The end of all things is near. Therefore be alert and of sober mind so that you may pray. Above all, love each other deeply, because love covers over a multitude of sins. Offer hospitality to one another without grumbling. 10 Each of you should use whatever gift you have received to serve others, as faithful stewards of God’s grace in its various forms. 11 If anyone speaks, they should do so as one who speaks the very words of God. If anyone serves, they should do so with the strength God provides, so that in all things God may be praised through Jesus Christ. To him be the glory and the power for ever and ever. Amen.

 

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Dwelling in the Word: July 20th 2020

This post by Alex Drew was originally published at Seventy Two

1 Peter: 13-25

Be Holy

13 Therefore, with minds that are alert and fully sober, set your hope on the grace to be brought to you when Jesus Christ is revealed at his coming. 14 As obedient children, do not conform to the evil desires you had when you lived in ignorance. 15 But just as he who called you is holy, so be holy in all you do; 16 for it is written: “Be holy, because I am holy.”a]

17 Since you call on a Father who judges each person’s work impartially, live out your time as foreigners here in reverent fear. 18 For you know that it was not with perishable things such as silver or gold that you were redeemed from the empty way of life handed down to you from your ancestors, 19 but with the precious blood of Christ, a lamb without blemish or defect. 20 He was chosen before the creation of the world, but was revealed in these last times for your sake. 21 Through him you believe in God, who raised him from the dead and glorified him, and so your faith and hope are in God.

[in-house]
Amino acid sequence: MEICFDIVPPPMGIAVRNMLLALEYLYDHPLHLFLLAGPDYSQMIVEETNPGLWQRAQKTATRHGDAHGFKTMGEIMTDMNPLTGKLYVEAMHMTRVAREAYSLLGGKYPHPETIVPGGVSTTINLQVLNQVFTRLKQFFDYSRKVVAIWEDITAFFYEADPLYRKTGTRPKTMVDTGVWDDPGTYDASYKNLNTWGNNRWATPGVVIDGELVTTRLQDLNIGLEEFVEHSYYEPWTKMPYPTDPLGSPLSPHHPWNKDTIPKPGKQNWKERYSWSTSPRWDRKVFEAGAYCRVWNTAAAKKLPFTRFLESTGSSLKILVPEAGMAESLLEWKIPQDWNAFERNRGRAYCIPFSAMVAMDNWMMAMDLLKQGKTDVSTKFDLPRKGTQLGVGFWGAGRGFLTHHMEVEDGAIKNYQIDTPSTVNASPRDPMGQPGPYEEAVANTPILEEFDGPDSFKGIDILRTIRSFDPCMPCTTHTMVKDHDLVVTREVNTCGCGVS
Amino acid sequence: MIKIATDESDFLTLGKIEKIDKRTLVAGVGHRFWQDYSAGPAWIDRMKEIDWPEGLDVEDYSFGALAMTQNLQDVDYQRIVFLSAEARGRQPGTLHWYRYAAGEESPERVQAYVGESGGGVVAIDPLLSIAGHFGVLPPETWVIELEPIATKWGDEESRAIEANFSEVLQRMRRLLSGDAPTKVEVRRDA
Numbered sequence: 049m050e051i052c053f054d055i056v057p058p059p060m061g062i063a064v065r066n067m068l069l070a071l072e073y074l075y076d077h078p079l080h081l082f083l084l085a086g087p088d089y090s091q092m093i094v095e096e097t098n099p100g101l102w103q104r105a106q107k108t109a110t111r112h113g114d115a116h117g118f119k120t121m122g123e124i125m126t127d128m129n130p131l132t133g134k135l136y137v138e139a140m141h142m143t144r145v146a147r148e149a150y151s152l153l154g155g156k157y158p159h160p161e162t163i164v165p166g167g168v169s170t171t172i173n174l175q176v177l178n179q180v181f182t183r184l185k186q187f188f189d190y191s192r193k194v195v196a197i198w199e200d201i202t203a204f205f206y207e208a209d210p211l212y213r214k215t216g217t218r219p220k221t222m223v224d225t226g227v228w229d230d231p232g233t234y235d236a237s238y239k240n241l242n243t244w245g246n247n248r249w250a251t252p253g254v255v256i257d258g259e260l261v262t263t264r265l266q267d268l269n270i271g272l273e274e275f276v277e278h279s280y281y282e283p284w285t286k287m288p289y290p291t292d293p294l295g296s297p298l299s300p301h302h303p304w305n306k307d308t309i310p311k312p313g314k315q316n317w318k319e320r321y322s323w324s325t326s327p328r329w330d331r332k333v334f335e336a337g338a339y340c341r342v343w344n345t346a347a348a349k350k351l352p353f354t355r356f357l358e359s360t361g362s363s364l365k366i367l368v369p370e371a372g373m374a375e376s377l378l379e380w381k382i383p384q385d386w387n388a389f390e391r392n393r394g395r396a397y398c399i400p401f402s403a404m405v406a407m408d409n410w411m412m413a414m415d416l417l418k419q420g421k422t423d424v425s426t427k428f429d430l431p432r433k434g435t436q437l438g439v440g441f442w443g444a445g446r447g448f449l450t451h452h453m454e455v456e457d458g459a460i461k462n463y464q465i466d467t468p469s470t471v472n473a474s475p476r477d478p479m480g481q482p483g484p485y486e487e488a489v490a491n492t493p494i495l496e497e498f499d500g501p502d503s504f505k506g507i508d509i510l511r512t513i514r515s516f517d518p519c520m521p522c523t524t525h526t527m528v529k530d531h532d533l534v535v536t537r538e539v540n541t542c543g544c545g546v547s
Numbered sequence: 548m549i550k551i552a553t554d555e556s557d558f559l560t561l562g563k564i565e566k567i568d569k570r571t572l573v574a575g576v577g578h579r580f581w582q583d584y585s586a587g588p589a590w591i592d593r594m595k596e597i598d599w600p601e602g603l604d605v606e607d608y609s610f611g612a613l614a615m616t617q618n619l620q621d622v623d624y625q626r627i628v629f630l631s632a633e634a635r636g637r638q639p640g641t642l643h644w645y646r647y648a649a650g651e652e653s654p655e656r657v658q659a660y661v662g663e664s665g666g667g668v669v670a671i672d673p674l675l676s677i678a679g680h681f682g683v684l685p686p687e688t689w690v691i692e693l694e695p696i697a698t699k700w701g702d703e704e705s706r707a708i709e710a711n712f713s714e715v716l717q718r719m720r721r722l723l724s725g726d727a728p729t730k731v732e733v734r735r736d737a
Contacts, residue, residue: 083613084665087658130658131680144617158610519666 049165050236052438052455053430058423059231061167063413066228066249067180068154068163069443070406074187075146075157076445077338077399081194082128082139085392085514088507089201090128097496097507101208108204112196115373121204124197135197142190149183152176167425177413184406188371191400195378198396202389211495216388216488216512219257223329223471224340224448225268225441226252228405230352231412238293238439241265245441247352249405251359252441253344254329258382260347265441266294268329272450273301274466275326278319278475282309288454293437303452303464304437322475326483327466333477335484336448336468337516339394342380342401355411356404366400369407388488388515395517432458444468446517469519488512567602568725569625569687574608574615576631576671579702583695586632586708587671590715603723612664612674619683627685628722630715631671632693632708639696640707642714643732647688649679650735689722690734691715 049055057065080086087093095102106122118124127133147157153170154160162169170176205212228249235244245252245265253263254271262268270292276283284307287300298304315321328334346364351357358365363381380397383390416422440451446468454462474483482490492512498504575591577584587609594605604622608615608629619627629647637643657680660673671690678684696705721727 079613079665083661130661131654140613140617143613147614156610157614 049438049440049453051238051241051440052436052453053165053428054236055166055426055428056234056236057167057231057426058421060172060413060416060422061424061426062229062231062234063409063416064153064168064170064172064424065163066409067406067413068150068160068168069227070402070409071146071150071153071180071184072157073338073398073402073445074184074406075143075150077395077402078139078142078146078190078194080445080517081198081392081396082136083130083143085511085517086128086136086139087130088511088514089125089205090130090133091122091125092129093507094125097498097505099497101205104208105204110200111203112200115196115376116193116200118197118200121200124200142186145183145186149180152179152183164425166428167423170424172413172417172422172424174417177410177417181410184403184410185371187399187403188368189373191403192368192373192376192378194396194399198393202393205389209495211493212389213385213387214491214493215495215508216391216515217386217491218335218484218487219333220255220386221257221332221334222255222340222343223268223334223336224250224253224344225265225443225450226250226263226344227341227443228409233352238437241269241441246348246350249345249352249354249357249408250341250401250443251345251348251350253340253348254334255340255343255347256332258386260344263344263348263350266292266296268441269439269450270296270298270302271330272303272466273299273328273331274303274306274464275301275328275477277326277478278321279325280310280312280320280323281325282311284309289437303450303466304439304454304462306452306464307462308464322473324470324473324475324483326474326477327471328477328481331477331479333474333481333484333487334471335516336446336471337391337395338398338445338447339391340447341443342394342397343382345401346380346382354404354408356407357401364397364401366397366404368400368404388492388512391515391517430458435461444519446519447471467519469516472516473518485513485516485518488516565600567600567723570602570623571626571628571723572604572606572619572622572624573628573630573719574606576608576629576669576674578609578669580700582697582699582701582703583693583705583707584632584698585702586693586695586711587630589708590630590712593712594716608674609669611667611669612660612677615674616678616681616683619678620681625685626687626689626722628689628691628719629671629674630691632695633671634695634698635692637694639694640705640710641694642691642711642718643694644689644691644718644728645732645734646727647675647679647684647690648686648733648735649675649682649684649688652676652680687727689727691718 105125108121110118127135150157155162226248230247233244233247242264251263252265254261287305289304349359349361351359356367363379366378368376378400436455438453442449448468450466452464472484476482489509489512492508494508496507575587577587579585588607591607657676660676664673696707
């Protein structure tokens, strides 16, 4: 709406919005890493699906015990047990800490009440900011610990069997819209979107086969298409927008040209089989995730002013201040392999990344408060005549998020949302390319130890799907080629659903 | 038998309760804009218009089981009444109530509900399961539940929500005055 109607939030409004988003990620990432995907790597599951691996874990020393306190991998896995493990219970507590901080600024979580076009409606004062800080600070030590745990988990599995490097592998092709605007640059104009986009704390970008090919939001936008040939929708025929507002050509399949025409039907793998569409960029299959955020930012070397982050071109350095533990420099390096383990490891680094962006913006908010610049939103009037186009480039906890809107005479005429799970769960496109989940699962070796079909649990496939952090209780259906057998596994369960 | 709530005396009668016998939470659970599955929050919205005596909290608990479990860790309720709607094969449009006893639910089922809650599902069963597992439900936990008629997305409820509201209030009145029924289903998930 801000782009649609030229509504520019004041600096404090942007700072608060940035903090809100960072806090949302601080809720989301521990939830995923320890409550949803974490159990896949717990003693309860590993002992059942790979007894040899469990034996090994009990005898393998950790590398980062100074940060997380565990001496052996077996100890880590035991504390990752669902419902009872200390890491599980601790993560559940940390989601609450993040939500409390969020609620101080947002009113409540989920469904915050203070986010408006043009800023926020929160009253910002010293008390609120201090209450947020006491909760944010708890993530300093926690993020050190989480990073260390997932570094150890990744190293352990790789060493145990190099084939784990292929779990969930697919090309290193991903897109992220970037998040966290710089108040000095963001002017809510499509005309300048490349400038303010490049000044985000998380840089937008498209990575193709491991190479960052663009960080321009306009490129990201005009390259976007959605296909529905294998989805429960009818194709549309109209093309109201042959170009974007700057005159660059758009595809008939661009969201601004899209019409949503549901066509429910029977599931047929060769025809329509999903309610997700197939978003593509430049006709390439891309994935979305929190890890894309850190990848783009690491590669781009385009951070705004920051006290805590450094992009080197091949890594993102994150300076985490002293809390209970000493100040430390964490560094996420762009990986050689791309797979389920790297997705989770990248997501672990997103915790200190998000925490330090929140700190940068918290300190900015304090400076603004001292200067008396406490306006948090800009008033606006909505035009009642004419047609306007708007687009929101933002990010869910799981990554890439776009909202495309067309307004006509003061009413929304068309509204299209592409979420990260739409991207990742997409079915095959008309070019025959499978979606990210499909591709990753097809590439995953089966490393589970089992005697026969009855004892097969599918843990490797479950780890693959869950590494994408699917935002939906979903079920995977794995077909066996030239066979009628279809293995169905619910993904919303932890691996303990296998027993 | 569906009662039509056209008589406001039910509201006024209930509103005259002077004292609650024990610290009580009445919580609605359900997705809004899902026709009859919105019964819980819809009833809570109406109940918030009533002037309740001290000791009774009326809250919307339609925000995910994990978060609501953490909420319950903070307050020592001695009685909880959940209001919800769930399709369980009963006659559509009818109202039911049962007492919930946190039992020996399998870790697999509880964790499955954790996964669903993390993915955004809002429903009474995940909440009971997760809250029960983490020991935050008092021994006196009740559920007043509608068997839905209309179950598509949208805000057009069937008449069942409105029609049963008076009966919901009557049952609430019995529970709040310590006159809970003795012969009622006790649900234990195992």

22 Now that you have purified yourselves by obeying the truth so that you have sincere love for each other, love one another deeply, from the heart.b] 23 For you have been born again, not of perishable seed, but of imperishable, through the living and enduring word of God. 24 For,

“All people are like grass,
    and all their glory is like the flowers of the field;
the grass withers and the flowers fall,
25     but the word of the Lord endures forever.”c]

And this is the word that was preached to you.

 

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Dwelling in the Word: 13th July

This post by Alex Drew was originally published at Seventy Two

Acts 16:16-40

Paul and Silas in Prison

16 Once when we were going to the place of prayer, we were met by a female slave who had a spirit by which she predicted the future. She earned a great deal of money for her owners by fortune-telling. 17 She followed Paul and the rest of us, shouting, “These men are servants of the Most High God, who are telling you the way to be saved.” 18 She kept this up for many days. Finally Paul became so annoyed that he turned around and said to the spirit, “In the name of Jesus Christ I command you to come out of her!” At that moment the spirit left her.

19 When her owners realized that their hope of making money was gone, they seized Paul and Silas and dragged them into the marketplace to face the authorities. 20 They brought them before the magistrates and said, “These men are Jews, and are throwing our city into an uproar 21 by advocating customs unlawful for us Romans to accept or practice.”

22 The crowd joined in the attack against Paul and Silas, and the magistrates ordered them to be stripped and beaten with rods. 23 After they had been severely flogged, they were thrown into prison, and the jailer was commanded to guard them carefully. 24 When he received these orders, he put them in the inner cell and fastened their feet in the stocks.